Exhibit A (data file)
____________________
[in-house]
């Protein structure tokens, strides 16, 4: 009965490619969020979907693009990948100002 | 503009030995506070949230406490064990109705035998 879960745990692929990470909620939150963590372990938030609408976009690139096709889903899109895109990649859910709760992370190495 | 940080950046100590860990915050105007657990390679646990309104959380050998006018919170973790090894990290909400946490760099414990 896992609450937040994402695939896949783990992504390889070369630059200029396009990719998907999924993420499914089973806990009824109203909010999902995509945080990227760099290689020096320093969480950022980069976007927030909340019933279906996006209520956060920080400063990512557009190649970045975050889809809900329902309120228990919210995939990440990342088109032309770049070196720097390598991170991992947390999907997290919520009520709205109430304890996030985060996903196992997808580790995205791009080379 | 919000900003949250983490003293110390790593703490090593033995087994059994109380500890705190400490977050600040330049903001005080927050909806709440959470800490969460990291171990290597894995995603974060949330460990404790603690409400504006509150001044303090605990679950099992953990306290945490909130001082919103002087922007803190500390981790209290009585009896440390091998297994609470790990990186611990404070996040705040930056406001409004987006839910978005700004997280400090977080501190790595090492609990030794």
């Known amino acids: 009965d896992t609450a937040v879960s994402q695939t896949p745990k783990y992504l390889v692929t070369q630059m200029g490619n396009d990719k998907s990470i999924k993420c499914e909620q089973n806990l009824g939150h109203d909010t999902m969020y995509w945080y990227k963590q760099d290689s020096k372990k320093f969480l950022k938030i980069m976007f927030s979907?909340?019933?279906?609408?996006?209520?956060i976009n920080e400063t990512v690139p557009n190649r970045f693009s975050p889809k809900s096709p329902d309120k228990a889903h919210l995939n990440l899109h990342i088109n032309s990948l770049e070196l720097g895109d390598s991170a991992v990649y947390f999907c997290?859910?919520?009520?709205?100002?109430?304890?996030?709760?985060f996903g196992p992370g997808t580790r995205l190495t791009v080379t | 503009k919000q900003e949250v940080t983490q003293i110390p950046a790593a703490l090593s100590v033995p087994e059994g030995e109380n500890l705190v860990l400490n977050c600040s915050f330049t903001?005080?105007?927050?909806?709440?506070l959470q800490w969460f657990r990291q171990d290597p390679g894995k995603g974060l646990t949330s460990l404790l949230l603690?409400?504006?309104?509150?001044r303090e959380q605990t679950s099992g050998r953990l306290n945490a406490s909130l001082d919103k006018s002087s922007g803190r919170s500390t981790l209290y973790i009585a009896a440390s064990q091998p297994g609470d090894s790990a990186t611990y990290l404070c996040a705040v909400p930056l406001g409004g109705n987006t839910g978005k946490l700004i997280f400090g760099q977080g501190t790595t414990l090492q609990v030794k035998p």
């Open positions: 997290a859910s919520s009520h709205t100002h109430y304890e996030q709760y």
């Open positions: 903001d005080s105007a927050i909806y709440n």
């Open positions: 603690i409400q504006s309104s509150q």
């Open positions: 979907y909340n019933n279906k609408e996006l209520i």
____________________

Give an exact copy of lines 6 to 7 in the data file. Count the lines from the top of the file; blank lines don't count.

């Open positions: 603690i409400q504006s309104s509150q």
């Open positions: 979907y909340n019933n279906k609408e996006l209520i």